I hate the new movie. The appeal of the Seven Samurai and the original Magificent Seven has to do with temporal circuity. Yul Brynner or Takashi Shimura seem to come to the conclusion at the end of the film that there will always be bandits and there will always be farmers and that conflict is inevitable; the warriors protecting the farmers from ruin are the ones that will inevitably lose. The new version is thematically updated for the 21st century. The best that the townspeople in the new version can hope for is that they will exist in a service economy that inevitably assists the finite resource of the gold mine under the town. The villain mows them down knowing that it cannot be that hard to find someone to sell you a pickaxe. Even with a benevolent mine owner, their position is tenable only so long as the vein holds out. Better to create the resource yourself and vertically integrate.
Delhi has seen an uptick since 2008 when the prices bottomed out. As retirees from the city move in to refurbish century farmhouses, acreage consolidates under distant family relations and, for what must be the first time in memory, European farmers. No surprise. Delhi boasts a Belgian Club and a German Hall as reflections of its heritage. On the road back I’m treated to stories about a Mexican Mennonite community in the region. Migrant workers who came and stayed and maybe that is a truth about Canada, that we are a game of shinny. The team is whoever shows up.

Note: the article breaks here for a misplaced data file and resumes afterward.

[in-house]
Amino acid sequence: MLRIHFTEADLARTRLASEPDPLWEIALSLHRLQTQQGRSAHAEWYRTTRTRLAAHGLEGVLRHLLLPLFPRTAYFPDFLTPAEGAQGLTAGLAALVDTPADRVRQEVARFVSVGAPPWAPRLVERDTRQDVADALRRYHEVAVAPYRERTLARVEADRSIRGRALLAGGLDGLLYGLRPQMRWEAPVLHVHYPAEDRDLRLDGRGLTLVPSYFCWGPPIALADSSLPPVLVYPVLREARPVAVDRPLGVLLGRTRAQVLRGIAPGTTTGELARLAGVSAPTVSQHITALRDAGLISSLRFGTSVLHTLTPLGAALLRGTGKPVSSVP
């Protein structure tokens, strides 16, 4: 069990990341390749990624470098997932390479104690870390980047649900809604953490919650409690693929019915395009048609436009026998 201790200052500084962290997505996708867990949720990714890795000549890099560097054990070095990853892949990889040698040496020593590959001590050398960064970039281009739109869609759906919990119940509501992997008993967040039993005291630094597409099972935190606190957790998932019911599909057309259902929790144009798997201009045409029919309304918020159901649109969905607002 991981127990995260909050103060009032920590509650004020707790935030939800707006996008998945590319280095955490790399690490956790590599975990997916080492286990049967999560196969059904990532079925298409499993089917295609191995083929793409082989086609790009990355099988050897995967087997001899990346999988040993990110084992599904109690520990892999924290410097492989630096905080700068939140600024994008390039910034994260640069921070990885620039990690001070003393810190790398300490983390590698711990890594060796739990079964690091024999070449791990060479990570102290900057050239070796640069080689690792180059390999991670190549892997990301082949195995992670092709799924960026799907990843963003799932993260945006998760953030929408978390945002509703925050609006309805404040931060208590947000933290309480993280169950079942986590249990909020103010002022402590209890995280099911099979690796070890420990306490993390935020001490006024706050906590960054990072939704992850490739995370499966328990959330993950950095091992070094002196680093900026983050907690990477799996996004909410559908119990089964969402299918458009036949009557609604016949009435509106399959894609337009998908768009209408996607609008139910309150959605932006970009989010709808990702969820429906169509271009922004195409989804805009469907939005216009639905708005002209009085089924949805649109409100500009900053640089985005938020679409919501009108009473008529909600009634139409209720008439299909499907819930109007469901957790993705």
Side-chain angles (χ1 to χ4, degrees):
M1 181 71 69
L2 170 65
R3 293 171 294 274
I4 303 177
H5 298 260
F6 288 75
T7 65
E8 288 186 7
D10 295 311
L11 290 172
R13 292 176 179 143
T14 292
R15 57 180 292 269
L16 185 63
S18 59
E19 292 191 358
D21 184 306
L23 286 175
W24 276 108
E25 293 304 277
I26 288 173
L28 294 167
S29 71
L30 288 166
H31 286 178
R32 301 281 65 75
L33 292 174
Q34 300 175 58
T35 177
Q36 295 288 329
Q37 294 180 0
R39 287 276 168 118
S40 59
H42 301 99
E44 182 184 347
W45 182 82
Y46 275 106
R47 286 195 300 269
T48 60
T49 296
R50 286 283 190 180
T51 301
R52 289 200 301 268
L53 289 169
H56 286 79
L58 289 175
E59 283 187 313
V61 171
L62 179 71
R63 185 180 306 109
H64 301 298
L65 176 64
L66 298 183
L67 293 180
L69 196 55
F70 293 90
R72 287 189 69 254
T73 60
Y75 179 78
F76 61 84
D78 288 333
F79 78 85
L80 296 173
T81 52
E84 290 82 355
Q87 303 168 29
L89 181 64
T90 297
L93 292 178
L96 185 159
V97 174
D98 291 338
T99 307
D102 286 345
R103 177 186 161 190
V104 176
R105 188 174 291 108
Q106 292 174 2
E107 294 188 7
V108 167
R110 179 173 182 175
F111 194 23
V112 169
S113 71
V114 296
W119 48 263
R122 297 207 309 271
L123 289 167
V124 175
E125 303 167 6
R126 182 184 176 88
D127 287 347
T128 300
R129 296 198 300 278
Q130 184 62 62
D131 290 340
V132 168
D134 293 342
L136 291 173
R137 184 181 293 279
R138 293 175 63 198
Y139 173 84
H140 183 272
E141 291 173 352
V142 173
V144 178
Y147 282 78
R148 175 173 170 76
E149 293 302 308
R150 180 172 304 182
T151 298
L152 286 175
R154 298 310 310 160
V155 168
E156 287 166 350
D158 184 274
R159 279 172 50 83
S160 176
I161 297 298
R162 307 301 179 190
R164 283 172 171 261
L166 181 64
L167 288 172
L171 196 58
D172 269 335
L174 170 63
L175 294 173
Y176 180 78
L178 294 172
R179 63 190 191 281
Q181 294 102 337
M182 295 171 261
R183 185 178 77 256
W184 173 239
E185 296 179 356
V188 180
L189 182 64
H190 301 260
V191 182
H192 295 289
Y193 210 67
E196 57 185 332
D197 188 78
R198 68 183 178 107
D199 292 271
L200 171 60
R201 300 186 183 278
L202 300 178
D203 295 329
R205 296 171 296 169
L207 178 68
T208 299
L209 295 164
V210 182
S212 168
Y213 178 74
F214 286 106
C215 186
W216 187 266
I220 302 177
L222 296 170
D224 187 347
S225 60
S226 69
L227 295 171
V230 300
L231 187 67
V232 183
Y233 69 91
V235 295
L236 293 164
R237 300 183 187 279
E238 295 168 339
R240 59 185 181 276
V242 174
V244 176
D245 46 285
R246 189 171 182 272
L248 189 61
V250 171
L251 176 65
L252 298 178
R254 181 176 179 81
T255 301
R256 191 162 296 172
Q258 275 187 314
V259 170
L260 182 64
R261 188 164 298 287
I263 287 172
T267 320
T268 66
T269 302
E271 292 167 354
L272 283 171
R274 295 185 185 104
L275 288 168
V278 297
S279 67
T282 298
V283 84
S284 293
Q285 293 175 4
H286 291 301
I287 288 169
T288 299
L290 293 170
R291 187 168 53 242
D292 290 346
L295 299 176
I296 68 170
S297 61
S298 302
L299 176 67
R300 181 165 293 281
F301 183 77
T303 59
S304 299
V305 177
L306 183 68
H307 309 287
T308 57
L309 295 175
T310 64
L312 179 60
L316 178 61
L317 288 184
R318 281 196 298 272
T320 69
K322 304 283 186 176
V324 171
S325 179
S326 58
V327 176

In Simcoe we stop for lunch at The Blue Elephant, a century mansion that was for a lengthy period a Thai restaurant before brewing commenced four years ago. As if to reinforce my working hypothesis we find ourselves talking about migrant labour. Stompin’ Tom’s bunkhouses are still there but they are filled with workers from Caribbean countries, some of whom work in a coconut processing plant inexplicably located in the middle of Ontario flatland. Simcoe was a factory town in the middle of the region that acted as collection and distribution point.